# Is a prevariety the same as a notherian scheme?

By a pre-variety I mean a quasi-compact locally ringed space which can be covered by (a finite # of) affine varieties.
I was wondering, this seems to be the same in scheme language as a Noetherian scheme, or am I overseeing something?

• Oh! and I am assuming we are over an algebraically closed field :) – AIM_BLB Jul 18 '13 at 19:03

The typical example of a pre-variety that is not a variety is the "affine line with doubled origin." This pre-variety is covered by two copies of $\mathbb A^1$ that are glued along $\mathbb A^1\setminus \{0\}$ via the identity map $x\mapsto x.$ This differs only slightly from the construction of $\mathbb P^1$ as a gluing of the same open sets via $x\mapsto 1/x.$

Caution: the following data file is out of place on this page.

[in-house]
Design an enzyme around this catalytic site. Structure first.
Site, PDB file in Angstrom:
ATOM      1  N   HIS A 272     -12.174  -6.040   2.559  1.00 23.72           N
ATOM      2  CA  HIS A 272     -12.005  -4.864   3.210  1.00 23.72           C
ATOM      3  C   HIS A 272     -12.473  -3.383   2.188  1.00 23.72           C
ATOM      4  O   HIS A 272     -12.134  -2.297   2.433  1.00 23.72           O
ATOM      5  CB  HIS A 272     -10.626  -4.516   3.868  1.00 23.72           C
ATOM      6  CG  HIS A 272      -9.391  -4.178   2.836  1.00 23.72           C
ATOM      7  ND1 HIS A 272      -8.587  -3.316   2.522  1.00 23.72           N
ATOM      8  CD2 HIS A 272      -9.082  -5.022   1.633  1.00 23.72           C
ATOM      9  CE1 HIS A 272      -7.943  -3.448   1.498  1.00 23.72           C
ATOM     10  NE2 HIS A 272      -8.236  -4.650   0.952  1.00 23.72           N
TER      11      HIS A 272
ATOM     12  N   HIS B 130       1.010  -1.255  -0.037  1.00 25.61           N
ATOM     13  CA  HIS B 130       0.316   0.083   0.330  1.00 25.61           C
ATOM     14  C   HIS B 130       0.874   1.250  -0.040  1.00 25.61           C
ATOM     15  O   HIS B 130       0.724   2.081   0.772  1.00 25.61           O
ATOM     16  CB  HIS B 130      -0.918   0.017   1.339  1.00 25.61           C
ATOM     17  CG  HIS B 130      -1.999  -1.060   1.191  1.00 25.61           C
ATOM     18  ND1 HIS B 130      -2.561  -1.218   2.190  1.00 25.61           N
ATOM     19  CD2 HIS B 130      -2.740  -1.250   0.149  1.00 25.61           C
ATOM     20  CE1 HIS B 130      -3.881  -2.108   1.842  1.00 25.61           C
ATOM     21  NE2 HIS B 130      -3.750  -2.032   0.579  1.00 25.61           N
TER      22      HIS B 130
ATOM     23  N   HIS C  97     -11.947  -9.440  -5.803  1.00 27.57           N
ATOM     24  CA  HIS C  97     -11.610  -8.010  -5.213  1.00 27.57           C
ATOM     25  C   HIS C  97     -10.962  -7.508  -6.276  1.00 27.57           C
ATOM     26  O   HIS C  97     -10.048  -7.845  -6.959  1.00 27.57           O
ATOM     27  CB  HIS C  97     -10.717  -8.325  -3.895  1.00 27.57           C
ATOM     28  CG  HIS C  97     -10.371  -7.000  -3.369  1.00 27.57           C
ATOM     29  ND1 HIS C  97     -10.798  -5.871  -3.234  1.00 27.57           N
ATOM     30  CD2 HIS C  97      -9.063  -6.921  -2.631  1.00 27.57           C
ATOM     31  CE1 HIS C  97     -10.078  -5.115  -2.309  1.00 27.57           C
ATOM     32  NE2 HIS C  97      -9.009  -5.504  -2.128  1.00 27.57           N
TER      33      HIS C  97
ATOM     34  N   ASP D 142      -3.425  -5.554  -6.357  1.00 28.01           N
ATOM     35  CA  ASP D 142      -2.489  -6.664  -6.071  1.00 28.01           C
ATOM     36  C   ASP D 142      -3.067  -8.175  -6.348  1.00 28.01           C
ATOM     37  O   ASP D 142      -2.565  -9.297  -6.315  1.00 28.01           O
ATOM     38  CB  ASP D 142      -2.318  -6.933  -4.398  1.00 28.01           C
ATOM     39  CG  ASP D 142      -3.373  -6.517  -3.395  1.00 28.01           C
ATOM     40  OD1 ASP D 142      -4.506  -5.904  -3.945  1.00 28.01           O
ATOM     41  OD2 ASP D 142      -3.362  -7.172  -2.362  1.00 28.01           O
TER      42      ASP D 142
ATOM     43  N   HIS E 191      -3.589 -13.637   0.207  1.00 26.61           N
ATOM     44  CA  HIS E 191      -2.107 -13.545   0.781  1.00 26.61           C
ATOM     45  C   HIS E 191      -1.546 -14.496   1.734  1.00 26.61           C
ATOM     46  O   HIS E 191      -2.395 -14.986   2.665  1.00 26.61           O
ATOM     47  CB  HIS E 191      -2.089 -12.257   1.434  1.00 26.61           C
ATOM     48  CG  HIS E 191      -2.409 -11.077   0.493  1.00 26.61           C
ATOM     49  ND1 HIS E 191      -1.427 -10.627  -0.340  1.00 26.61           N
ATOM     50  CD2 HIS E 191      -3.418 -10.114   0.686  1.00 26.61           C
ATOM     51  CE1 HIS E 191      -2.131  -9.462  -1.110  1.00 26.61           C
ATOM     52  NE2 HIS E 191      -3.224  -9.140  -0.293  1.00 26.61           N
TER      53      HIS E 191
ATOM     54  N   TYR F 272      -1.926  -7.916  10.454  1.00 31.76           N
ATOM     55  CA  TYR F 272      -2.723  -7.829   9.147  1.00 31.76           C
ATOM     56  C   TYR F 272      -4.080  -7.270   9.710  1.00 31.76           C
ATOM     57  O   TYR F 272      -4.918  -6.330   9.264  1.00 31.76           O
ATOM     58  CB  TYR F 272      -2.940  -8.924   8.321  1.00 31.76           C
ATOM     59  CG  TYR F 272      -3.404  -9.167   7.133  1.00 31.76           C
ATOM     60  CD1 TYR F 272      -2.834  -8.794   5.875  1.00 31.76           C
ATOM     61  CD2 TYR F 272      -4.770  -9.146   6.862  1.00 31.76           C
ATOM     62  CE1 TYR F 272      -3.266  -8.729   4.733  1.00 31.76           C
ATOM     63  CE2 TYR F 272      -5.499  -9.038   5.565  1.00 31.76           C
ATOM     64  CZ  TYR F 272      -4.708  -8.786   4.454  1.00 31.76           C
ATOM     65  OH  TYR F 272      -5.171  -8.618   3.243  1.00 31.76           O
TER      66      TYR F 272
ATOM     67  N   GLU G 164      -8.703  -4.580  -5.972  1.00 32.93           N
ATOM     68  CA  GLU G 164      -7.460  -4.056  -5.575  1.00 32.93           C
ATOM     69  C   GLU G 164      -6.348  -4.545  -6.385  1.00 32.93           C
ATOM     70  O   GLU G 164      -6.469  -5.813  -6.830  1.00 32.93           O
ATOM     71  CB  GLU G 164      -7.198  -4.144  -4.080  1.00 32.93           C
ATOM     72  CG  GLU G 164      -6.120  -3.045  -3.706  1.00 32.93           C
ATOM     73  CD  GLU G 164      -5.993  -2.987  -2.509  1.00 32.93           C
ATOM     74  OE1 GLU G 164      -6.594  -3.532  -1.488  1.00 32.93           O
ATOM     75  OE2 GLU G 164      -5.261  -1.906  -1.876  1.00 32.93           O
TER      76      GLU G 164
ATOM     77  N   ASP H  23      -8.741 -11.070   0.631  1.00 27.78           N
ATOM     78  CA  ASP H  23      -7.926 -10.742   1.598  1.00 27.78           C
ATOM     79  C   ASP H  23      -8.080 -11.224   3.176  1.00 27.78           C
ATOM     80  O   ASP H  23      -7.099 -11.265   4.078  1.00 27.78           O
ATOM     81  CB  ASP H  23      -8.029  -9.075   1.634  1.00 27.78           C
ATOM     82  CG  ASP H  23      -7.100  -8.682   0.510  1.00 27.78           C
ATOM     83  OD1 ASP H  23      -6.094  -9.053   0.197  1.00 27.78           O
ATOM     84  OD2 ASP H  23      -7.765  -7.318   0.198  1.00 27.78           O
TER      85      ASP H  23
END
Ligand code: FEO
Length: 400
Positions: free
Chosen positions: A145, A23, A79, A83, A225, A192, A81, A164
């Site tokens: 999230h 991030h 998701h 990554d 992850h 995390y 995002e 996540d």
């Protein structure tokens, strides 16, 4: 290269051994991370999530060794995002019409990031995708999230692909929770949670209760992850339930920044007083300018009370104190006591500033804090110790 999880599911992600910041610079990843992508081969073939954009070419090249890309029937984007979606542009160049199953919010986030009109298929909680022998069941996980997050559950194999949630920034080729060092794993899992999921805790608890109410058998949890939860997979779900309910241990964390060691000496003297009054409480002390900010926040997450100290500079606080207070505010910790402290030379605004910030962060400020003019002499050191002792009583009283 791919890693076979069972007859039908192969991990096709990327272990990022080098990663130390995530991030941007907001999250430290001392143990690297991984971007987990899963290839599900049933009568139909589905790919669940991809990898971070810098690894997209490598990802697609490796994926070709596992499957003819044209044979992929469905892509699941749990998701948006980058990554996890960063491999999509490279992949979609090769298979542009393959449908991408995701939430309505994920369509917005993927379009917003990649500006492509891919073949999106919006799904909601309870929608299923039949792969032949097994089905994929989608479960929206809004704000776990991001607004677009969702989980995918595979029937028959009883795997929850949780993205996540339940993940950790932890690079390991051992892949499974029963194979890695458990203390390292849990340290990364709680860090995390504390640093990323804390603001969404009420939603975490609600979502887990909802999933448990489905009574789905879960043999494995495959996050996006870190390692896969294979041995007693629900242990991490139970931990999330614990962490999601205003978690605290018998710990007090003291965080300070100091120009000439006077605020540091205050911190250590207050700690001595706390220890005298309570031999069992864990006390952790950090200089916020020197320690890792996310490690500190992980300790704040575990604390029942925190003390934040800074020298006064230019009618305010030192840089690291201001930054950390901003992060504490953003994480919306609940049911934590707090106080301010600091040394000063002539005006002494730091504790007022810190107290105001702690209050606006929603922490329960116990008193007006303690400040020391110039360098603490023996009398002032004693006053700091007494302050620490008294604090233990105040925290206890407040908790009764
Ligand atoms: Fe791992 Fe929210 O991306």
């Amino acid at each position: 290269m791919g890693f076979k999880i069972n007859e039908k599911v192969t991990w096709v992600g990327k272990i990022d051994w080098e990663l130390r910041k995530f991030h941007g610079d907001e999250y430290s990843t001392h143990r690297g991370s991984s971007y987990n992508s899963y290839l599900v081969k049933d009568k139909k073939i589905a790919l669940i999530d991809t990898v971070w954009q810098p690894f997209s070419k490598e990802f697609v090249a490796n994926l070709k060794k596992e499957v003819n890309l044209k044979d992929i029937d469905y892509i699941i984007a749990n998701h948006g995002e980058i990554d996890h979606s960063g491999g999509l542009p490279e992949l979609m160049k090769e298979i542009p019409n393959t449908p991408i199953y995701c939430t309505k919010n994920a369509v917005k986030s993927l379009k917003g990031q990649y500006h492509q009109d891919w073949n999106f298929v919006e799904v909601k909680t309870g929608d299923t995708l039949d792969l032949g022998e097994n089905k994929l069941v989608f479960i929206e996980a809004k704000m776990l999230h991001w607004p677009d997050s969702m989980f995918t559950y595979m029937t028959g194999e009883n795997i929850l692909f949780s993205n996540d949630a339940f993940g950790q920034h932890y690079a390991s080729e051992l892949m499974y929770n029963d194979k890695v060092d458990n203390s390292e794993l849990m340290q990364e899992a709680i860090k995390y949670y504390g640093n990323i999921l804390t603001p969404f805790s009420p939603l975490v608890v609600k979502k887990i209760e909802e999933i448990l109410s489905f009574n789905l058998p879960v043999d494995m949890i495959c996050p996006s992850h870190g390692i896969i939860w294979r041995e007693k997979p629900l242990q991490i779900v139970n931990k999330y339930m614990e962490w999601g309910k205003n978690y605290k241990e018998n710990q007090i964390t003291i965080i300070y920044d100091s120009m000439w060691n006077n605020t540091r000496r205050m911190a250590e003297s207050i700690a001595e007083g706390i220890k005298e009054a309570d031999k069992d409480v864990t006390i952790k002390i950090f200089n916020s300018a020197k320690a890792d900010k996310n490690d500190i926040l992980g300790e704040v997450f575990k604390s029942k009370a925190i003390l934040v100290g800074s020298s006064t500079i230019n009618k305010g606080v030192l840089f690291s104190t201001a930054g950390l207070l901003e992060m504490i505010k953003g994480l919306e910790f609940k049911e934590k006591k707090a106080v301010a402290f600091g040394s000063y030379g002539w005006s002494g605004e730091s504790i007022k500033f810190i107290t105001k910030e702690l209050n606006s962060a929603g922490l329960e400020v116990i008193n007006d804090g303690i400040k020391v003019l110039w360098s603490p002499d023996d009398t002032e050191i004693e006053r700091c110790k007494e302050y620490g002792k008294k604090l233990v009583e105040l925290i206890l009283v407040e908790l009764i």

A noetherian scheme is a different beast in general, for we can consider as examples any spectrum of a noetherian ring. In particular, let $A = K[[x]]$ be a power series ring in a variable $x$ over our field $K.$ This ring is noetherian, but not of finite type, and hence $\operatorname{Spec}(A),$ which contains a single closed point, is not covered by an affine variety.
• Dear @Andrew, $\mathrm{Spec}(A)$ consists of two points: the closed point $(x)$ and the generic point $(0)$. – Keenan Kidwell Jul 18 '13 at 19:31